Skip to main content

"Rampant" land acquisition in Karnataka for building nuclear weapons capacity, alleges top US non-profit body

The wall around the "proposed" N-site
By Our Representative
A “secret” acquisition of of nearly 4,290 acres of land adjacent to Varavu Kaval and Khudapura villages in the district of Chitradurga, Karnataka, which place seven months after India’s Parliament ratified the US-Indian nuclear cooperation by Parliament May 2009, has gone internationally controversial six years after the process began.
An investigation by a top American non-profit organization, the Centre for Public Integrity (CPI), has allege that the manner in which the acquisition took place “stunned” the villagers, who were “not told” at the time about any of these transactions, and even the documents were released to them — mostly pastoralists and tribals — two years later.
While the Defence Research and Development Organization (DRDO), India’s premier defence research agency, was given away 1,500 acres, the Indian Institute of Science, a high-profile research centre of Bangalore that has “frequently worked” with the DRDO and India’s nuclear industry, was given 573 acres, and yet another and 1,810 acres were given to the Bhabha Atomic Research Centre (BARC).
The CPI said, in a report by Andrian Levy, “Experts worry that India is creating new fuel for an arsenal of H-bombs by taking away tribal lands are taken for a top-secret atomic city, known as Challakere, where centrifuges will spin uranium capable of being used in powerful bombs.”
The labourers “began excavating protected pastureland” in 2012, and members of the nomadic Lambani tribe were “startled”, said Levy, adding, “For centuries, the scarlet-robed herbalists and herders had freely crisscrossed the undulating meadow there, known as kavals, and this uprooting of their rich landscape came without warning or explanation.”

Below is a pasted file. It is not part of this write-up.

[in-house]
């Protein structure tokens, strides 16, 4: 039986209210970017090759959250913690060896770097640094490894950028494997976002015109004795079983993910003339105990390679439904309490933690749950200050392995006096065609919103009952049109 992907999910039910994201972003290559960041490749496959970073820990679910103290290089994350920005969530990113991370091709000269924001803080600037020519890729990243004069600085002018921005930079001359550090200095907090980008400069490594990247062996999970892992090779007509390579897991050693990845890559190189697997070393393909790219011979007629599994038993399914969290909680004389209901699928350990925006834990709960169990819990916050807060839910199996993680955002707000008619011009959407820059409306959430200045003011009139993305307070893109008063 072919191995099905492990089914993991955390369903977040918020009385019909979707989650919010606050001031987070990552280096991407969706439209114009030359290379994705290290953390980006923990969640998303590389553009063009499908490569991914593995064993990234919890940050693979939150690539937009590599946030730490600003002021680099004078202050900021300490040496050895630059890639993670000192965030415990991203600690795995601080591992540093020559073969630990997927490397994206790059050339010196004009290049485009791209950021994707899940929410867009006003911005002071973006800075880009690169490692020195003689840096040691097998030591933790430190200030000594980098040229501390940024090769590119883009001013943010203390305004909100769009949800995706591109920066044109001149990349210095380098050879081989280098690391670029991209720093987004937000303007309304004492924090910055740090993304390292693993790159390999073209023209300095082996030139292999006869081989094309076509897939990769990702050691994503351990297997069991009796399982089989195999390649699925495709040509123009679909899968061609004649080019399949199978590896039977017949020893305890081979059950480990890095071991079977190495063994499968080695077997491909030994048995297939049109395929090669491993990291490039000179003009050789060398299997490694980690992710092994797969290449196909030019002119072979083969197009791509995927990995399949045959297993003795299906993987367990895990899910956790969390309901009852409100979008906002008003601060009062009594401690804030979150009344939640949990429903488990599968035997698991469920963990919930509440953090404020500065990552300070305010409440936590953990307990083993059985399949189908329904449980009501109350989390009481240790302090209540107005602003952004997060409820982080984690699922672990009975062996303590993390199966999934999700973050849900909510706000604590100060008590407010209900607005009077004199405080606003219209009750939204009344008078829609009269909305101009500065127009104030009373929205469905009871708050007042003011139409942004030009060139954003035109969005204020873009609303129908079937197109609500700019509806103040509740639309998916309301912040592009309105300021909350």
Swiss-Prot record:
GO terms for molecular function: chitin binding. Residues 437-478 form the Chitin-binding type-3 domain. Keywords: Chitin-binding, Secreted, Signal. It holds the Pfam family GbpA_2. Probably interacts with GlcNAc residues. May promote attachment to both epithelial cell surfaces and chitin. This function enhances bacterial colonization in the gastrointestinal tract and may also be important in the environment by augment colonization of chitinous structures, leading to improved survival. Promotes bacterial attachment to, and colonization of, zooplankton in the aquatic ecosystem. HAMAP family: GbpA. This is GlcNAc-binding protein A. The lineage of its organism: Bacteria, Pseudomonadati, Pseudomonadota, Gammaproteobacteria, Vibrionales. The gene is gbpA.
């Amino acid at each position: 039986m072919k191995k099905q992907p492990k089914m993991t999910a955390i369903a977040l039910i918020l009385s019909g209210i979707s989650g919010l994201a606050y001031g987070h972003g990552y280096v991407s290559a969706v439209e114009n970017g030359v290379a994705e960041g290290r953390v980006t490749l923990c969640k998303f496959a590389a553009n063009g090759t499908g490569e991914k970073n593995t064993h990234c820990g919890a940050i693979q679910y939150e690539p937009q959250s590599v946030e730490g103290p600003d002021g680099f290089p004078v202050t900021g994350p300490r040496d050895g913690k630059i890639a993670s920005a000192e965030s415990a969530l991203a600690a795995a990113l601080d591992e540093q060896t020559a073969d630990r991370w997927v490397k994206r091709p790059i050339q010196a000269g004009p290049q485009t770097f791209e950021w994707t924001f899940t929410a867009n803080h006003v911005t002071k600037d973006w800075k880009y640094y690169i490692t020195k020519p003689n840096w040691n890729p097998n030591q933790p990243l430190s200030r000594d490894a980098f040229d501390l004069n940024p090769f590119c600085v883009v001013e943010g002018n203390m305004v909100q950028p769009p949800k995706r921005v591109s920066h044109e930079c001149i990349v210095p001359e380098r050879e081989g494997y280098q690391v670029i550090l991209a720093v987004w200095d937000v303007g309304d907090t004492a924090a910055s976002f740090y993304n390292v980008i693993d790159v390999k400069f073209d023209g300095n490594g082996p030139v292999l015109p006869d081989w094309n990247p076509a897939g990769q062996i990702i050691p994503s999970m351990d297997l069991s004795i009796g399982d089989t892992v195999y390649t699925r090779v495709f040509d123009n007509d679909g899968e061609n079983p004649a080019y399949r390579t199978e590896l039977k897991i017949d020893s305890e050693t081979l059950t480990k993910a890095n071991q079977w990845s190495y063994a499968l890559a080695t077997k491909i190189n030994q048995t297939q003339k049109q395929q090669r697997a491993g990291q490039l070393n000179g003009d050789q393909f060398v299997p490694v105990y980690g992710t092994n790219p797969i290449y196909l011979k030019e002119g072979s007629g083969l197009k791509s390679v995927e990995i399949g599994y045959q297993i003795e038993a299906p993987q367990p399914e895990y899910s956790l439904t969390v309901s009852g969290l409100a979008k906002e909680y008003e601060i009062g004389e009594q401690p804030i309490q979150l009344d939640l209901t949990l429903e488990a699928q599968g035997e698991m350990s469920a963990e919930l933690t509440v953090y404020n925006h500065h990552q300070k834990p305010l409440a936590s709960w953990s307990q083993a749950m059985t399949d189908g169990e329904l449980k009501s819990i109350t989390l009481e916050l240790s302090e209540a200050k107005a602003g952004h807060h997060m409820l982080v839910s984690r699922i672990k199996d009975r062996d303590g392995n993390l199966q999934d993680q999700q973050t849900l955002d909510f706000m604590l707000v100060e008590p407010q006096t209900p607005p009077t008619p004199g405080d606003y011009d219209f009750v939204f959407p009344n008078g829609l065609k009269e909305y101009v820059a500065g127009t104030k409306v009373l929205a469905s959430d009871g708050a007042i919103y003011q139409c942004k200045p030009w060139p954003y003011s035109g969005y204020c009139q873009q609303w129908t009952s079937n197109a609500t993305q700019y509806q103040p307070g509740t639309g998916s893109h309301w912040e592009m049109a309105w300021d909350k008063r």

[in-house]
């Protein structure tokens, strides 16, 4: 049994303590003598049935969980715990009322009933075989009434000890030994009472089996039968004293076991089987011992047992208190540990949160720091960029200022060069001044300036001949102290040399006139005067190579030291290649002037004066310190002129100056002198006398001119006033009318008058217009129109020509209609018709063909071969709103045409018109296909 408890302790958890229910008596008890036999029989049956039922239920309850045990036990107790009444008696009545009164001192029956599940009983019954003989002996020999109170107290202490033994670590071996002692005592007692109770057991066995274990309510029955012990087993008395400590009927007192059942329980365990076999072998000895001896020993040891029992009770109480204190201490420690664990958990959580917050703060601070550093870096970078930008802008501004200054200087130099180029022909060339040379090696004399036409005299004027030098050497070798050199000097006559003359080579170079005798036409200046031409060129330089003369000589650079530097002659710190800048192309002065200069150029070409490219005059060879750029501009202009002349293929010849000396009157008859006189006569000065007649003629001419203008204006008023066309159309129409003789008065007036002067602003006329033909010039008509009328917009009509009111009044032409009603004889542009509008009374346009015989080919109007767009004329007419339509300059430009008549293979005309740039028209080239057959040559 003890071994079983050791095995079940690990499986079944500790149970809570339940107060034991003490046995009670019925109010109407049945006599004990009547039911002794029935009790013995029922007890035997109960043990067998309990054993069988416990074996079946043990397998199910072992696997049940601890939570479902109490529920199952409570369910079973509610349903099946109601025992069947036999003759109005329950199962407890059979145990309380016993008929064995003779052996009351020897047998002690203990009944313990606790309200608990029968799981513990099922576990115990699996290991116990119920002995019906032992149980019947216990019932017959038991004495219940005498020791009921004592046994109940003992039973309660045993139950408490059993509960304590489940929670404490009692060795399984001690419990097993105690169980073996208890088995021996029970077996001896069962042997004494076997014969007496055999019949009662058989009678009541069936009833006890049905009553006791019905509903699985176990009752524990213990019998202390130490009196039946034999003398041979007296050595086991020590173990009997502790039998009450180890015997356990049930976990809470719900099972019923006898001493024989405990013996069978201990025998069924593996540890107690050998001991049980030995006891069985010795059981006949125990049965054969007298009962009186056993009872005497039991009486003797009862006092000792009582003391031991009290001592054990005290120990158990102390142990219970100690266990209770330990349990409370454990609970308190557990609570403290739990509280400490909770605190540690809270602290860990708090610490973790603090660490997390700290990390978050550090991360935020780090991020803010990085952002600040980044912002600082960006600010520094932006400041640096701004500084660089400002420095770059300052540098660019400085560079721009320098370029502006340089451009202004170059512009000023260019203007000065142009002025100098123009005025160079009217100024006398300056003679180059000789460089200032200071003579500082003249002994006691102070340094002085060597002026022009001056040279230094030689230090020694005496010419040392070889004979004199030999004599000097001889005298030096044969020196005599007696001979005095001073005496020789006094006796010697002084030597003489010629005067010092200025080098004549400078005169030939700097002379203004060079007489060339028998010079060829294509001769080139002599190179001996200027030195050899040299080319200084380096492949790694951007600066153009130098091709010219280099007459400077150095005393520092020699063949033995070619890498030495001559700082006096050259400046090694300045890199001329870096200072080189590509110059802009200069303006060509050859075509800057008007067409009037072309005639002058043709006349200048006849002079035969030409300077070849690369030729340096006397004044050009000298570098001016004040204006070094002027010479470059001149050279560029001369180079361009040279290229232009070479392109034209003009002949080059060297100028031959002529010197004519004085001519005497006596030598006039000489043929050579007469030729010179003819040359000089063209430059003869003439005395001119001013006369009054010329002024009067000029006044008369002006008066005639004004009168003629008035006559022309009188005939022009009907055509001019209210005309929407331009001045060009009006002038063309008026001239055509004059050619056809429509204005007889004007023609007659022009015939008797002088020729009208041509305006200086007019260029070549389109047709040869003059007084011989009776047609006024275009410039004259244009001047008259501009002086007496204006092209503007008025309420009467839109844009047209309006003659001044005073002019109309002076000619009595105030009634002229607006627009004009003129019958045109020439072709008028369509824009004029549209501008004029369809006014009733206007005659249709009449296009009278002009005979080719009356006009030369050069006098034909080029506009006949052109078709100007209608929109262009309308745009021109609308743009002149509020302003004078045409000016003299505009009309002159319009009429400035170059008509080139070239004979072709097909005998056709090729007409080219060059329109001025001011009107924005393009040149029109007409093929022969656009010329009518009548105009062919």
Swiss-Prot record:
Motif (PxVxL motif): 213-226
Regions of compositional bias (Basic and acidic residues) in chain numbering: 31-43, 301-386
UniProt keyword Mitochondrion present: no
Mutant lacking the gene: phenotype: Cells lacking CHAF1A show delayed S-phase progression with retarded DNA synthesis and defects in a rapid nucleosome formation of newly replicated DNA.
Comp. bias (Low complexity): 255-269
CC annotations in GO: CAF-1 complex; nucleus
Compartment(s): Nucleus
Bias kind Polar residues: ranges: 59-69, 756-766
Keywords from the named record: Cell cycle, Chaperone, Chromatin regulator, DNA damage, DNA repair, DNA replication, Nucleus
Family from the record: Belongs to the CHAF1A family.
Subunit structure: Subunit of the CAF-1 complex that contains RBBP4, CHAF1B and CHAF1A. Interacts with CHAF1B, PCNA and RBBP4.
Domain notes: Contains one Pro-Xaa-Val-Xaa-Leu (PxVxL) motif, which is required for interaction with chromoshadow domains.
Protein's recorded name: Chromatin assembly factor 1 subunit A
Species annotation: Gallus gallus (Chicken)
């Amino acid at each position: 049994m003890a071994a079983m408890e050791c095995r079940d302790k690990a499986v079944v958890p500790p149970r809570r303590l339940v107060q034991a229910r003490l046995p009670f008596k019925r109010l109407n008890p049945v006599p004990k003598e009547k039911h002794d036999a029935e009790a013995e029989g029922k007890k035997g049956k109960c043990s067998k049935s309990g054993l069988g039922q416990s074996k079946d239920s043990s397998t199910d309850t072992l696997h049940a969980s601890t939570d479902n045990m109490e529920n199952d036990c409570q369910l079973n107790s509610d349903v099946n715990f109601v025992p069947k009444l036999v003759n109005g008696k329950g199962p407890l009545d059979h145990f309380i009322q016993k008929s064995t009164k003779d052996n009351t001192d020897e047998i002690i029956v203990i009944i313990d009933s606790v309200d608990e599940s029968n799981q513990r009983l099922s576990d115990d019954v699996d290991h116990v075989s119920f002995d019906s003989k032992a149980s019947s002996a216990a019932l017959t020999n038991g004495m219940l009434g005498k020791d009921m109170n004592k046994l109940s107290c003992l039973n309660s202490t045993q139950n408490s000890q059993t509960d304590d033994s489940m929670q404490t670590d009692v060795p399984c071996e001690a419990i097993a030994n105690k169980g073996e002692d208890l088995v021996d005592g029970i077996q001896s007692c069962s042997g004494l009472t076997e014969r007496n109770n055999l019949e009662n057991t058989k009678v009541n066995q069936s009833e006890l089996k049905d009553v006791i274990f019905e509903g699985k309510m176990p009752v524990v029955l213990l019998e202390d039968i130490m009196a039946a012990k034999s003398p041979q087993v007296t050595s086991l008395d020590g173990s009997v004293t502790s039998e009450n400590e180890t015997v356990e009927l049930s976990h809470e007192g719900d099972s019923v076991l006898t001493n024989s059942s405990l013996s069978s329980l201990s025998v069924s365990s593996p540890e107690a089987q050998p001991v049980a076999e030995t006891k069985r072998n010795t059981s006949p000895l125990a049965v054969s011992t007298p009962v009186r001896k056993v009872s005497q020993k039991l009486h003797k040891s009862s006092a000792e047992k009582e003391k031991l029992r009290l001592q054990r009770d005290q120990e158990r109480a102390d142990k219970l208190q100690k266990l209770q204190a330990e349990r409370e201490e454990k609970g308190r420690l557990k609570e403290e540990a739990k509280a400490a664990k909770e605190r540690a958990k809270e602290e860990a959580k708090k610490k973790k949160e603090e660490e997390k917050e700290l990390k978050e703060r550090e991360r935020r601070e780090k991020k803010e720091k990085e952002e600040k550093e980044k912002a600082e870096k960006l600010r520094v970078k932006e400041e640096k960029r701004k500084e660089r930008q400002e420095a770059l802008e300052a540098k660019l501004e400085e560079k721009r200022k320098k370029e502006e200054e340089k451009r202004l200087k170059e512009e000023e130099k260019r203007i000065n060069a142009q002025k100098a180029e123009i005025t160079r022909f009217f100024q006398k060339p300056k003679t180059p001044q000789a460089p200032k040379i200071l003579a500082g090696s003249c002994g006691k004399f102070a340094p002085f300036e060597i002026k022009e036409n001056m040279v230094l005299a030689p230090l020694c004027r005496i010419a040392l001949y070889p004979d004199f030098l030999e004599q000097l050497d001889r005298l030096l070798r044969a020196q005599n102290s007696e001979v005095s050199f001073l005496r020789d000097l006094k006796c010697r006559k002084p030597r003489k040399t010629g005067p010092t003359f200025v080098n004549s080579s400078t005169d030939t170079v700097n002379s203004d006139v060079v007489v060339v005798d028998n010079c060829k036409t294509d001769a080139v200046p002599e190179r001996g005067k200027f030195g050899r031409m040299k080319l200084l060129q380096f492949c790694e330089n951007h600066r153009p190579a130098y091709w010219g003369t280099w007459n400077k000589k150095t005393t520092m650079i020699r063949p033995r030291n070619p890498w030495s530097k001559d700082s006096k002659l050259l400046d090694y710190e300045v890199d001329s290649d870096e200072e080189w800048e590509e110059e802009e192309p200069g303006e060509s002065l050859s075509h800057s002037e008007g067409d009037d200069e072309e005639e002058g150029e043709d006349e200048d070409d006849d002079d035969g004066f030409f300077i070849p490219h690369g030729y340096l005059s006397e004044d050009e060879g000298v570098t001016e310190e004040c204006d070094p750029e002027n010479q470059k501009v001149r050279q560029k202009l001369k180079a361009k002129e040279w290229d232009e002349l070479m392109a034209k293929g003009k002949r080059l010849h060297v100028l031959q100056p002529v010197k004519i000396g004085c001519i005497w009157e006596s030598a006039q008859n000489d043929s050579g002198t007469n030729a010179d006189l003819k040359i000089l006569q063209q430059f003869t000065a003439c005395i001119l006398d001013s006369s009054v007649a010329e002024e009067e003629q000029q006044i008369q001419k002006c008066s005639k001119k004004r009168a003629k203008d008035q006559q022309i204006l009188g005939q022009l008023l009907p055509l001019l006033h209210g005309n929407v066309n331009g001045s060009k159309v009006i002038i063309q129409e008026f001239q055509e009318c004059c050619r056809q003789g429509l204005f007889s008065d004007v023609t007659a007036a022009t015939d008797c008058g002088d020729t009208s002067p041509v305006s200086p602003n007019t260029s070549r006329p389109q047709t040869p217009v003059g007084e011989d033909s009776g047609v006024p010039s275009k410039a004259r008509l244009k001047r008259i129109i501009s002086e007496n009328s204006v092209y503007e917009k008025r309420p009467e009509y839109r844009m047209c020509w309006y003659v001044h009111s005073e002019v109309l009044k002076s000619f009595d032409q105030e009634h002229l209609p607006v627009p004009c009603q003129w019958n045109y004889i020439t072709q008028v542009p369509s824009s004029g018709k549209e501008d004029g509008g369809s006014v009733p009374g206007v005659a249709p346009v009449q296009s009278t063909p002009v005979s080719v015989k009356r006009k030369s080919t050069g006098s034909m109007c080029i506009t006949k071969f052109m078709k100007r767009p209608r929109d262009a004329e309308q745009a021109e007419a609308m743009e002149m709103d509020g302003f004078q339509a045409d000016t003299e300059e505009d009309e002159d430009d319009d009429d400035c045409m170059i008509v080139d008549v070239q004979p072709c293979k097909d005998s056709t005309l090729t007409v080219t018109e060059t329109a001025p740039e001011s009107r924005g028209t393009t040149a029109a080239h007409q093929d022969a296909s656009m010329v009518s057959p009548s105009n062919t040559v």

"Disgruntled" tribals and pastoralists 
“The environment ministry approved the Mysore site’s construction as ‘a project of strategic importance’ that would cost nearly $100 million in October 2012, according to a letter marked Secret, from the ministry to atomic energy officials that month”, Levy said.
He added, “This letter spells out the ambition to feed new centrifuges with fuel derived from yellowcake — milled uranium ore named after its colour — shipped from mines in Jadugoda, 1,200 miles away in India’s north, and to draw water from the nearby Krishna Raja Sagar dam.”
“In July 2013, six years after the plans were green-lit by Delhi, the National Green Tribunal — India’s environmental agency — took up the villager’s complaints”, Levy said, adding, “It dispatched investigators to the scene and demanded that each government agency disclose its ambitions in detail. The DRDO responded that national security trumped the tribunal and provided no more information.”
“By the spring of 2014, more than 17 miles of 15-foot-high walls had been built throughout the kavals, catching out villagers who had not been consulted. They were now prevented from grazing their cattle or, in some cases, from reaching holy sites. A few broke through the walls. Most were rebuilt immediately and security patrols by a private company now guard them:”, said Levy.
“BARC and the DRDO still provided no detailed explanations to anyone on the ground about the scope and purpose of their work. Highlighting local discontent, almost all of the villagers ringing the kavals boycotted the impending general election, a rare action since India’s birth as an independent democracy”, Levy underlined.
“In Challakere, construction continues despite a ruling by the National Green Tribunal on August 27, 2014, that called for a stay on all ‘excavation, construction and operation of projects’ until environmental clearances had been secured”, Levy said.

Comments

TRENDING

US research: 40% of India's casteist Facebook posts are anti-reservation, anti-Dalit

By Rajiv Shah
A recent American civil society research has found that 40% of India's casteist posts on Facebook (FB) have anti-reservation slant. Asserting that the reservation policy in India is similar to affirmative action in the United States, the research study, titled "Facebook India: Towards The Tipping Point of Violence Caste and Religious Hate Speech", says, this type of hate content on FB is mainly directed against Dalits and Adivasis.